For detailed ultrastructural analysis, islets were prepared and analyzed as described elsewhere for mouse islets (Olofsson et al., 2002). For immunogold electron microscopy, intact pancreatic islets were fixed in 1% paraformaldehyde and 2.5% glutaraldehyde for 1 h at 4°C. After fixation, the islets were washed with PBS, embedded in agarose (type VII, Sigma-Aldrich), cryoprotected in glycerol, and embedded in Lowicryl HM20 by cryofixation and freeze-substitution. Immunoreactivity was detected by postembedding immunogold labeling of ultrathin sections (60–80 nm) using a rabbit anti-GABA primary antibody (Chemicon AB5016) and a goat anti–rabbit secondary antibody conjugated to 15-nm gold particles (Amersham Biosciences). Background staining over empty resin amounted to 2 ± 1 particles/μm2 and has not been subtracted. Specificity of immunolabeling was monitored by parallel processing of test sections containing amino acid–glutaraldehyde brain macromolecule conjugates (GABA, glutamate, taurine, glycine, aspartate, glutamine, or in the absence of any amino acid). Quantitative analysis of these test sections demonstrated dense staining of the GABA conjugate and absence of significant cross-reactivity with the other conjugates.
Estimation of Vesicular GABA Content
After fusion of a vesicle with the plasma membrane, GABA diffuses into the surrounding solution and activates GABAA receptor Cl− channels. This causes a transient increase in an ion current across the plasma membrane. The size of the current ΔI through an elementary surface ΔS at an arbitrary time moment after the fusion event depends on the local concentration of GABA, on the density and conductance of the GABAA receptor Cl− channels and their binding affinity. Therefore it may be expressed mathematically in the following form:
where α is a proportionality coefficient comprising the surface density of the GABAA receptor and its single-channel conductance and p(c) is the dose–response function that shows the proportion of channels that are open at GABA concentration equal to c. The total current at the same moment is then obtained by integrating the Eq.1 over the surface of the plasma membrane S and is equal to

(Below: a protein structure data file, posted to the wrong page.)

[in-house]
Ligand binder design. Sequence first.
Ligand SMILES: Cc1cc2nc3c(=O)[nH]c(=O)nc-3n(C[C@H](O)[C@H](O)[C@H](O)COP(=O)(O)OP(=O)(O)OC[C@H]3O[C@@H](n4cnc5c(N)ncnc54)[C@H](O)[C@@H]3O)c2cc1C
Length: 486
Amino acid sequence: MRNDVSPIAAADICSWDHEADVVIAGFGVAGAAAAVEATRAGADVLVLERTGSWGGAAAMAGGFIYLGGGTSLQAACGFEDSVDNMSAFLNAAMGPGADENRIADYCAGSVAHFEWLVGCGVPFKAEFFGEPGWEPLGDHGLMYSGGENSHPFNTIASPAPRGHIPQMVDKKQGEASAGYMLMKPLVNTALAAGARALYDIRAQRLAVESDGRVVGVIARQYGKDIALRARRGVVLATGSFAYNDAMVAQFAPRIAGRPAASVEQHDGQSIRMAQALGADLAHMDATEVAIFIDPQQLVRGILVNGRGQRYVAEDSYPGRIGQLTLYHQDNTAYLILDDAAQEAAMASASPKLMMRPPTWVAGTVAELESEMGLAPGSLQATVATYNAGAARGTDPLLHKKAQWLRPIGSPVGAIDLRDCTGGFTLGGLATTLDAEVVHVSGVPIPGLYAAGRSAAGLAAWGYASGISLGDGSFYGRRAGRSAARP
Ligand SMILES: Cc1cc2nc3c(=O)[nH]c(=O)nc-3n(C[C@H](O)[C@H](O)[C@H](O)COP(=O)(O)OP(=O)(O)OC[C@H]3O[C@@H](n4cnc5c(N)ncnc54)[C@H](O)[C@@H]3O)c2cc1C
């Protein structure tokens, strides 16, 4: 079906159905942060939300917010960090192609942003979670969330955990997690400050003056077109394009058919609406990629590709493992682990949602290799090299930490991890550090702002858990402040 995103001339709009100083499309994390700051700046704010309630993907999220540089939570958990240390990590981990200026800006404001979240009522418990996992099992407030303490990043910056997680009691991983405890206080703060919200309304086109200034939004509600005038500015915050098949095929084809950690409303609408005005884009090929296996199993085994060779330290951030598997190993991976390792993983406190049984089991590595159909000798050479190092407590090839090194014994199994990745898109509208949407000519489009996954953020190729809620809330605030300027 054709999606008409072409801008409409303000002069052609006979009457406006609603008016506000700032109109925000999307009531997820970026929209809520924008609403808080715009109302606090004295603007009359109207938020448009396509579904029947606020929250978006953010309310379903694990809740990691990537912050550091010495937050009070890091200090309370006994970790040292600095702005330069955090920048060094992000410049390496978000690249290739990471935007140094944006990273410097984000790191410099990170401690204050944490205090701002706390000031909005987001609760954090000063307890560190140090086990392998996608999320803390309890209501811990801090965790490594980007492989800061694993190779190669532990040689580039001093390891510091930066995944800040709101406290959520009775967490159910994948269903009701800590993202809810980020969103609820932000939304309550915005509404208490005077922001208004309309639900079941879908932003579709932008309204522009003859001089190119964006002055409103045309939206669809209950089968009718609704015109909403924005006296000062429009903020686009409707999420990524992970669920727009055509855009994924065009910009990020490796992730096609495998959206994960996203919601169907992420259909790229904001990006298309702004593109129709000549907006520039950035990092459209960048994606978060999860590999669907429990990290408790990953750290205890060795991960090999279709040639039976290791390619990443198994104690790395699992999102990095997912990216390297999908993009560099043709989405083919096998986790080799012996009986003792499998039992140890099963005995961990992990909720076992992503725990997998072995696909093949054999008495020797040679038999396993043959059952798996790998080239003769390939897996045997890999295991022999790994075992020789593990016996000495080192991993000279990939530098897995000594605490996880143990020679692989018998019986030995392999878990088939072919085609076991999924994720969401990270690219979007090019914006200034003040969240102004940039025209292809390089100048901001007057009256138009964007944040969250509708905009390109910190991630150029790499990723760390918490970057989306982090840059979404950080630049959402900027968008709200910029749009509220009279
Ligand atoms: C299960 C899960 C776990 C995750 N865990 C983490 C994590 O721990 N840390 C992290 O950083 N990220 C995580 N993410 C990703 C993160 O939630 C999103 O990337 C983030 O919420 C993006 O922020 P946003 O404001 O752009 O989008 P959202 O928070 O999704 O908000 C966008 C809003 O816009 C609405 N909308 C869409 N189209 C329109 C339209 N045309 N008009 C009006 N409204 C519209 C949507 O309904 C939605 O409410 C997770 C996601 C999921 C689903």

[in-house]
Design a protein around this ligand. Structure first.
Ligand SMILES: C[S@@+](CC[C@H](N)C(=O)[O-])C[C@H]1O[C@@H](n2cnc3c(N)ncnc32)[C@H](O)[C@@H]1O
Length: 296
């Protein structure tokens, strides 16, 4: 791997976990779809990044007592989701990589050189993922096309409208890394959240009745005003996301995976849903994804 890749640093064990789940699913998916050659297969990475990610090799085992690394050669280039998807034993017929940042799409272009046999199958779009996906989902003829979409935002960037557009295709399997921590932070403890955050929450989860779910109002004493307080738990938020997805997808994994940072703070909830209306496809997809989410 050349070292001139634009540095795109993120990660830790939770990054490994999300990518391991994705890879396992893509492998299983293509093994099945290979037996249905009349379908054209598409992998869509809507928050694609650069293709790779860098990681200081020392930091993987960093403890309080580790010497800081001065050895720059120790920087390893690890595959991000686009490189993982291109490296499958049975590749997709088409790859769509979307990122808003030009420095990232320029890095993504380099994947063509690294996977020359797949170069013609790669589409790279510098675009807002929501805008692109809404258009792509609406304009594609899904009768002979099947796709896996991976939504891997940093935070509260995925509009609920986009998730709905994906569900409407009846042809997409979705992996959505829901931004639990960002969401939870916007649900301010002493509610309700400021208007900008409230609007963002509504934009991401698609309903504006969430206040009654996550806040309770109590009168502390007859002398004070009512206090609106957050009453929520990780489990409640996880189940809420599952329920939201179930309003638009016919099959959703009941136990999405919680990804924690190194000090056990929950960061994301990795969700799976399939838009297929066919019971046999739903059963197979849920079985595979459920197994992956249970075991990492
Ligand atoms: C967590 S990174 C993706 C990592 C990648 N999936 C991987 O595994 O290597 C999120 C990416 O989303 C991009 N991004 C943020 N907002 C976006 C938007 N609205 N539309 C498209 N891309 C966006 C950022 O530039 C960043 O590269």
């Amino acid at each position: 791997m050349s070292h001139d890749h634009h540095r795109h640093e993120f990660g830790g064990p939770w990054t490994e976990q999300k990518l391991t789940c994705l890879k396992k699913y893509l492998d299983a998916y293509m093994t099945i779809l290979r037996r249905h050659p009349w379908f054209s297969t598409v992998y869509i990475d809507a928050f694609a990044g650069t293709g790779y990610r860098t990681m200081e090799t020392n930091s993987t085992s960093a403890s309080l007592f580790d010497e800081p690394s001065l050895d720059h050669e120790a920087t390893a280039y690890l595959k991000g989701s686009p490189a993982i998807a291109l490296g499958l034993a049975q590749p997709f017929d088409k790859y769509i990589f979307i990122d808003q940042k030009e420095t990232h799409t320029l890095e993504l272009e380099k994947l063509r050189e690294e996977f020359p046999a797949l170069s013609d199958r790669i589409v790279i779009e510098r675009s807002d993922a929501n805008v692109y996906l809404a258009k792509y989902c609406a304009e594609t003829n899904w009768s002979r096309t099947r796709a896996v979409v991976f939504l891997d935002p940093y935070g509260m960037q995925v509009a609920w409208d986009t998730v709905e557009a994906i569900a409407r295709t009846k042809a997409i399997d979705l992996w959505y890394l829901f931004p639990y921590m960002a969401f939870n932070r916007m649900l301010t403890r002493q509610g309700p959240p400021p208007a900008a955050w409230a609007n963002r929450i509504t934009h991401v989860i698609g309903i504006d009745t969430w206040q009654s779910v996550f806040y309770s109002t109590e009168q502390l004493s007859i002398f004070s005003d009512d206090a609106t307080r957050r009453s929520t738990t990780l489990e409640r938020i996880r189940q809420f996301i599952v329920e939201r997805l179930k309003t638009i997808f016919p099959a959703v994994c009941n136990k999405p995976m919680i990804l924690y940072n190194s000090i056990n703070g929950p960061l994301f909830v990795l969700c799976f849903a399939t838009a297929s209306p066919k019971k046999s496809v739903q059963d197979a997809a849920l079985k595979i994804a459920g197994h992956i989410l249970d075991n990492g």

The local concentration of GABA c at a given time point depends on the initial concentration in the vesicle c0, the diameters of the vesicle and the fusion pore and the diffusion coefficient of GABA in the vesicle and surrounding medium. Since after the opening of a fusion pore GABA rapidly diffuses into the surrounding space, the total current I is a peak function of time. This function was used to fit an experimental current peak caused by the release of GABA from a fused vesicle with the initial concentration of GABA in vesicle c0 as the main fitting parameter. To solve the diffusion problem, the software package FEMLAB (Comsol) was used. The obtained solution was then imported into the MATLAB workspace (Mathworks, Inc.) and used for fitting to experimental data.
Analysis and Statistical Evaluation
Data are given as mean ± SEM. Statistical significances were evaluated using Student's t test. The GABA-induced current transients were analyzed using the software MiniAnalysis (Synaptosoft). In experiments with high release rates and significant overlap of the current transients, the number of release events was estimated by dividing the total charge of the GABAA receptor–mediated Cl− currents by the charge of an averaged quantal response from the same experiment. In experiments with lower release rates and apparently well separated individual current transients, the number of events was determined directly by counting.
Ultrastructural Analyses of LDCVs and SLMVs in Rat Pancreatic Islets
A shows an electron micrograph of a rat pancreatic islet illustrating the presence of both SLMVs (white arrows) and LDCVs (black arrows) in β-cells. The histogram in Fig. 1 B shows the measured profile diameters. It is clear that the vesicles diameters fall in two distinct classes that can both be described by Gaussian distributions. The true vesicle diameters were derived from the observed profile diameter distribution as described previously (Olofsson et al., 2002). We thus estimated the average diameters of the SLMVs and LDCVs to be 91 ± 4 nm (n = 688 in 83 cells) and 327 ± 6 nm (3,515 in 83 cells), respectively. The value for SLMVs is equal to that obtained in chromaffin cells (Plattner et al., 1997). The coefficients of variation (CV; standard deviation relative to mean value) were 0.27 and 0.22 for SLMVs and LDCVs, respectively. The total number of SLMVs was 3,460 ± 135 (n = 83) per β-cell, of which 238 ± 33 (n = 83) were docked with the plasma membrane (examples of docked SLMVs highlighted by white arrows in Fig. 1 A). The corresponding values for the LDCVs in rat β-cells were 10,047 ± 435 and 450 ± 42 per cell. The number of LDCVs in rat β-cells in good agreement with previous estimates in mouse β-cells (Dean, 1973; Olofsson et al., 2002).
Immunocytochemistry confirmed that GABA is stored in the β-cells and revealed that the concentrations varied considerably from cell to cell (Fig. 1 C). This correlated with varying levels of GAD65 expression (unpublished data). Immunogold electron microscopy was performed on β-cells in intact islets using a GABA-specific antibody (Fig. 1 D). The particle density measured within the insulin-containing LDCVs and the remainder of the cell were 5.7 ± 3.2 and 30 ± 19 particles/μm2, respectively. This shows that GABA is excluded from LDCVs. Because of the low contrast inherent to the immunogold technique, it was not possible to demonstrate the accumulation of GABA in SLMVs directly.